With leaders still not getting along regarding already agreed upon universal basic issues such as human rights, gender equality and financing of developing countries, many unresolved issues continue to lurk in the pre-Paris talks. Up until to date, it has proved particularly difficult to draw the negotiations into a substantial understanding between the various parties involved.
So far at the Bonn negotiations in Germany, many key issues have been left open. With most of the leaders seeking that the draft be broken down into simpler categories and streamlined, negotiations have therefore been divided into three important parts;
The legally binding aspects of the agreement.
The parts that will need to be decided on in Paris.
And the “graveyard” section of the text which includes everything else that is still unclear
These divisions would make it seem like there is a possible compromise being reached. However when the issue of “loss and damage” in which developing countries would receive assistance to help them cope with extreme weather events is categorized under the “graveyard section”, then a lot seems to fall apart. Many negotiators are left unsatisfied. The frustration from the representatives is eminent and threatens a breakdown of the negotiations.
This categorization solicited a reaction from Harjeet Singh, a climate policy manager at ActionAid, who, concerned about developing countries being ignored, said he was “seriously concerned about the fragile progress.” “The US and EU took baby steps towards agreeing to deal with climate damages for vulnerable countries, but insisted on leaving this out of the core agreement. Its exclusion will likely cripple a deal in Paris.”
Clearly, this categorization only goes to highlight the fact that what should be in the core agreement has not yet been settled. This unsettlement takes the negotiations back to square one, the original divide between the developed and developing countries.
Moving on though, progress has been made in the tabling of emissions targets by leading developed and developing countries, most of which have now set out goals on reductions on GHG emissions to take effect after the year 2020. Unfortunately, these are not only falling short of scientific advice, the parties are quite adamant to make any ambitious changes. On top of this, quite a number of countries still haven’t handed in their Intended Nationally Determined Commitments (INDCs) even with the deadline looming around the corner.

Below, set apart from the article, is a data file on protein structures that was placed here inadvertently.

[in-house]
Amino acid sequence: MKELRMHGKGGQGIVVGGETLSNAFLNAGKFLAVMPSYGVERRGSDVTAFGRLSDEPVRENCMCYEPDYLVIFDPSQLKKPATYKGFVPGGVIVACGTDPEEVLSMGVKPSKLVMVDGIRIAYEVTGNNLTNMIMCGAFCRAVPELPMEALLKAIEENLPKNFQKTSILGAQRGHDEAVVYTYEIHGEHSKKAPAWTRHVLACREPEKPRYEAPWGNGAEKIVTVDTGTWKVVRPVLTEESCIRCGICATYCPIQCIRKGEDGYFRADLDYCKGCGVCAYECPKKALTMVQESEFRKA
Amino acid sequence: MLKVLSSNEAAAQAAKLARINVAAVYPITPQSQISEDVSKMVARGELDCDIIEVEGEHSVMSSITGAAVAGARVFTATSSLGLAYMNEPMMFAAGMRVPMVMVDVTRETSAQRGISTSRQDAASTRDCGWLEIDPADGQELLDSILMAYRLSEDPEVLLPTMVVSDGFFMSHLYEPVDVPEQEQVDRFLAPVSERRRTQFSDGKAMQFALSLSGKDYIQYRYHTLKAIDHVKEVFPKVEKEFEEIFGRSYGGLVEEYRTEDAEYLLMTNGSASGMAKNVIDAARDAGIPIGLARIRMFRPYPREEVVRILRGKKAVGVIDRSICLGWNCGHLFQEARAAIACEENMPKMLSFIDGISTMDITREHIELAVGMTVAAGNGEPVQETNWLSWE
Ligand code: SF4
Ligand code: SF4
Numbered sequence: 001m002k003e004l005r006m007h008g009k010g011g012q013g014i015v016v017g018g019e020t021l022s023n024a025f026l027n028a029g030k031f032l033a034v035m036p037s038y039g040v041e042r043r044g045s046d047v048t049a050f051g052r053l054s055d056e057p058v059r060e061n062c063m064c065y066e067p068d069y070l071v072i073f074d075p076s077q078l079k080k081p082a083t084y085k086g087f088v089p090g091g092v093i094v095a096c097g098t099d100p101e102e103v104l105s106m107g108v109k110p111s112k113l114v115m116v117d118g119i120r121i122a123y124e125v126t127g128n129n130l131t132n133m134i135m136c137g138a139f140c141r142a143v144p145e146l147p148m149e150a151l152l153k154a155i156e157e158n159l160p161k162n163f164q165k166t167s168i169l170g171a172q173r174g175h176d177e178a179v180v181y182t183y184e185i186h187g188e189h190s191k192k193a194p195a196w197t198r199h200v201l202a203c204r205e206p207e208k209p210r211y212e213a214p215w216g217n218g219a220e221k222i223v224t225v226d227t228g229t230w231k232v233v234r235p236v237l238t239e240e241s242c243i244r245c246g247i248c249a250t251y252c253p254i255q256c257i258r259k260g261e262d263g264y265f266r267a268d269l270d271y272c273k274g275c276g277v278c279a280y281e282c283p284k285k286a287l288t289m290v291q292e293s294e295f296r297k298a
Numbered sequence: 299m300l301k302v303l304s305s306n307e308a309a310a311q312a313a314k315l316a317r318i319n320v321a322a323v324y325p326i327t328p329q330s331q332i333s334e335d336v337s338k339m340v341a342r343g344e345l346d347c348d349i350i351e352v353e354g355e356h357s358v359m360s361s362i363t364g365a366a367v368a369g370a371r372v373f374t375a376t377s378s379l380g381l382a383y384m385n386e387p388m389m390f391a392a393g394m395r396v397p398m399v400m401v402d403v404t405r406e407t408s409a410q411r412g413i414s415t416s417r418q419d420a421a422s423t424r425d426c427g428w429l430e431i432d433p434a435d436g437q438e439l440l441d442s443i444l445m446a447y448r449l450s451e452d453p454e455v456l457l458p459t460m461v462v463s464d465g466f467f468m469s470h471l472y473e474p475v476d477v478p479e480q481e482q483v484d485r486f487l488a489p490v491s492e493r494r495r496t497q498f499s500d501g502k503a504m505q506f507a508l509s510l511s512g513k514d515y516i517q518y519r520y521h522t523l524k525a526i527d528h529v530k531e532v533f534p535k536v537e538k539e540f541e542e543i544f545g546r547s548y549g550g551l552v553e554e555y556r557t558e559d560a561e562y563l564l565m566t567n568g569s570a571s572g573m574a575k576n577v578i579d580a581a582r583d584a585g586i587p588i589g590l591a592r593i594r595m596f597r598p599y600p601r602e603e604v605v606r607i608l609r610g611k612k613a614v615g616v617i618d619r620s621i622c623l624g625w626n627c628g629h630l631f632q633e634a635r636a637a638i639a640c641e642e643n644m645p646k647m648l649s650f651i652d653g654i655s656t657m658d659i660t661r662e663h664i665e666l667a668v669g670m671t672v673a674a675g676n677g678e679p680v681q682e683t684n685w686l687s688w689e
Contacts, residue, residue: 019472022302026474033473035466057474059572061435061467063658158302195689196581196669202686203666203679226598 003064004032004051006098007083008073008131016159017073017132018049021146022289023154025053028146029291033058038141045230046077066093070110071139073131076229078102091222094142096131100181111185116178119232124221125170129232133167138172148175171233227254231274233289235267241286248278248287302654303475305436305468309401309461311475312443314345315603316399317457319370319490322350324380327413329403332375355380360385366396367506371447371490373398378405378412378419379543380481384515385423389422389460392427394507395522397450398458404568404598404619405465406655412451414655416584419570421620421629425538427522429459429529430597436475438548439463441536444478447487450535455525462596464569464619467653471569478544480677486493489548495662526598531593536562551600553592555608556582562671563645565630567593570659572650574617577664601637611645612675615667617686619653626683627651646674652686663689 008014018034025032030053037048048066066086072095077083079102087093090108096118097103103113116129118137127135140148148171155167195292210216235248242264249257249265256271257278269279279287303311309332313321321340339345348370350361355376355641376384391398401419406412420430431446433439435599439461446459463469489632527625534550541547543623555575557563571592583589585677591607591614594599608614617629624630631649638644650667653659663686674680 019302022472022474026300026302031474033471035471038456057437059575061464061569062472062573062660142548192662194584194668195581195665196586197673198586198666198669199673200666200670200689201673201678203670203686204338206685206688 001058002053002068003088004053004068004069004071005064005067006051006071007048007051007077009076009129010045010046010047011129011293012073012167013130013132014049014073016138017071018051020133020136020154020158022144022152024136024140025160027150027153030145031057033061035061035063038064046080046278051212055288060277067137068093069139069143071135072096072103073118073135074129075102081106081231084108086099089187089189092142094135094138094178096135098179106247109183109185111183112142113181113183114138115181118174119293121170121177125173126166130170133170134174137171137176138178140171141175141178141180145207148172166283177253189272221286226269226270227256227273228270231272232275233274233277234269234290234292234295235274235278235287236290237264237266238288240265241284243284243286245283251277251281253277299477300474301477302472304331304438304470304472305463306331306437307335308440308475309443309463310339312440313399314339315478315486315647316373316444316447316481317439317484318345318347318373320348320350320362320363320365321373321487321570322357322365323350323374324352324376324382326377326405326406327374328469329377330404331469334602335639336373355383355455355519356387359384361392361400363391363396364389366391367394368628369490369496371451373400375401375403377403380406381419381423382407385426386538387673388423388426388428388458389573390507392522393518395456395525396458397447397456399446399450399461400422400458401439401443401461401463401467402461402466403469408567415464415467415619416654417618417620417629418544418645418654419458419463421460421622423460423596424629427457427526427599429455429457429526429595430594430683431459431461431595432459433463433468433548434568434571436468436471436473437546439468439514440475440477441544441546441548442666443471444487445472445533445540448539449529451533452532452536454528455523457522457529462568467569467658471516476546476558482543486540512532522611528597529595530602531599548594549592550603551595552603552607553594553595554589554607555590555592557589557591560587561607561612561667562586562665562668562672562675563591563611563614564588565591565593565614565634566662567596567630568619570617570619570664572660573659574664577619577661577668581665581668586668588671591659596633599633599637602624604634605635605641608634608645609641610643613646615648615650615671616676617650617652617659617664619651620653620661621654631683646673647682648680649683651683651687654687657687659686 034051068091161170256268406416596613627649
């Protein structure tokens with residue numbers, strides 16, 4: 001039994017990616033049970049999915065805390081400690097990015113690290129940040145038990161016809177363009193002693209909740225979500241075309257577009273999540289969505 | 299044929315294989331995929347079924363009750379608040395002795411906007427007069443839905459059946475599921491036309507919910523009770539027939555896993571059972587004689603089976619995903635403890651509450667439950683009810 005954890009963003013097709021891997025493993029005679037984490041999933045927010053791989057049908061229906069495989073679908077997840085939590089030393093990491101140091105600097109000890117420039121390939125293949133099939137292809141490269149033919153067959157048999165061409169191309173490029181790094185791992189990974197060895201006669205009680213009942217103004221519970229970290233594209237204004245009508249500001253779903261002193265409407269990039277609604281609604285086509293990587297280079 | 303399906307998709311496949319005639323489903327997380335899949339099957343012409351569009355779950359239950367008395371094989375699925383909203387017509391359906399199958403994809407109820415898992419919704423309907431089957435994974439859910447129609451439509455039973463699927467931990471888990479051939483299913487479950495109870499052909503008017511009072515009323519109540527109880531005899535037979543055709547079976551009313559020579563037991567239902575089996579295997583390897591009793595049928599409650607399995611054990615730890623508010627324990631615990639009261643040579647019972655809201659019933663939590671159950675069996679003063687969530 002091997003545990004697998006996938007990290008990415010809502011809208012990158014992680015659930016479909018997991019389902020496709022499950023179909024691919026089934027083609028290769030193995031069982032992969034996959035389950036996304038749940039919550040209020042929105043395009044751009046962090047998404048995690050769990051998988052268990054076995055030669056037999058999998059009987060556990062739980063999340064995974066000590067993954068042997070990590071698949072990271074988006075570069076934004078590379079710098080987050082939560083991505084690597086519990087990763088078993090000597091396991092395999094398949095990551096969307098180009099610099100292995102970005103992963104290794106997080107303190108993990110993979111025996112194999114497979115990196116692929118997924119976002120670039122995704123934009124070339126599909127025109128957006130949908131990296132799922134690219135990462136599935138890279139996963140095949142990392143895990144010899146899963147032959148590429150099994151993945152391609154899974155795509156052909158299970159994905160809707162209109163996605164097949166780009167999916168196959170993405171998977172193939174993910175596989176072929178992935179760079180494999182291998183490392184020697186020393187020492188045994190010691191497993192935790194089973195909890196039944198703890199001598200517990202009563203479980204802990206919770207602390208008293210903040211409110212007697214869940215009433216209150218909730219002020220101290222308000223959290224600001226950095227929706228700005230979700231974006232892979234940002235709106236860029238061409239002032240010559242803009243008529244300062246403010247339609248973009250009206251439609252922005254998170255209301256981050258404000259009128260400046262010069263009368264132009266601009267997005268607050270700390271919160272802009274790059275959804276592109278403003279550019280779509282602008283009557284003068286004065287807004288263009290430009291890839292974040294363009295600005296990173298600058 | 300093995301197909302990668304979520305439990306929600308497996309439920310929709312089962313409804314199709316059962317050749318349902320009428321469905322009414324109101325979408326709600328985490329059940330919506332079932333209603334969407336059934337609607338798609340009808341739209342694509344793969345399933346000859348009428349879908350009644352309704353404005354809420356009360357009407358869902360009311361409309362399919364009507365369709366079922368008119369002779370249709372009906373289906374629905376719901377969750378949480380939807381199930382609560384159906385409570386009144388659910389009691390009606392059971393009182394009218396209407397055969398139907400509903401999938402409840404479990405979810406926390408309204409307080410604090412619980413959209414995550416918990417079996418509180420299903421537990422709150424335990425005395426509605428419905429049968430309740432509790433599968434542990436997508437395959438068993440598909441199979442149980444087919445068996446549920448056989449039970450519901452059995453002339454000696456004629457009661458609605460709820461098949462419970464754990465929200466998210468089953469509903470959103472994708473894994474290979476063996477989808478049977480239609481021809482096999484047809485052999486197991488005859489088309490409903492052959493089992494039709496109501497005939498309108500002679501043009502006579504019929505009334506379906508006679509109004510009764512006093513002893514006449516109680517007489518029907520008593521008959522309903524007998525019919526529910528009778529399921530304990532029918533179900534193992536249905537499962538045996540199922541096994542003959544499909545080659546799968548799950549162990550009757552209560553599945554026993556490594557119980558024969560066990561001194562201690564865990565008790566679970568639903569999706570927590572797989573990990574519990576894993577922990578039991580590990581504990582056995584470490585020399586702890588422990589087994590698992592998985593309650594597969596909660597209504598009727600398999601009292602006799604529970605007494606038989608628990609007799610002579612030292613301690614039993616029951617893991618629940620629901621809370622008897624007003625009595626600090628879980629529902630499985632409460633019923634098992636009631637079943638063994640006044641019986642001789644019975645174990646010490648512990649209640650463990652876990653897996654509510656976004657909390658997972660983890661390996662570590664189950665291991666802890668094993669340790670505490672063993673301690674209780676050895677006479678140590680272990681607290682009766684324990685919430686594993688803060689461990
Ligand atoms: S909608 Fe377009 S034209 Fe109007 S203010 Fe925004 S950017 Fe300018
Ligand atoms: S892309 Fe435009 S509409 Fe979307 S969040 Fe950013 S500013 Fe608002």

However also at hand now is the unresolved problem of what measures should be taken to scale up countries’ emissions targets in the immediate years following 2015 before 2021, when the new targets come into effect; for instance; how the preservation of forests should be treated under the text or how to review national targets to ensure they are fair and monitored.
In the meantime, negotiations will continue till October. With a couple more meetings lined up, some in bigger and others in smaller groups, I do hope that the negotiators pick up on the urgency of the matter and act accordingly in these subsequent meetings.
Also later on this September, a major meeting of the heads of state and high ranking officials is expected in New York discussing SDGs and climate change issues are expected to feature. My hope is that a remarkable deal is struck that will in some way bring all the countries on board creating a more clear cut path to the final negotiations in Paris although at this point, such success almost feels like wishful thinking.
Nevertheless, leaders should be tending more towards agreement. Proper ground work for an achievable and implementable plan should be starting to fall into place. This 3 decade long process is still not in good standing despite all the time and resources invested in it.
In the end, all time and effort will have been wasted if leaders insist on being head strong and going back and forth on their word. Many negotiators still feel like victims because they feel their critical issues aren’t being taken care of, the most affected parties in this case being developing countries.
If COP21 has any chance of being the last meaningful action taken to prevent a historic climate catastrophe, then leaders must realize that there isn’t any time left and any trivialities should be set aside and focus set on pushing the agreement forward rather than delaying it.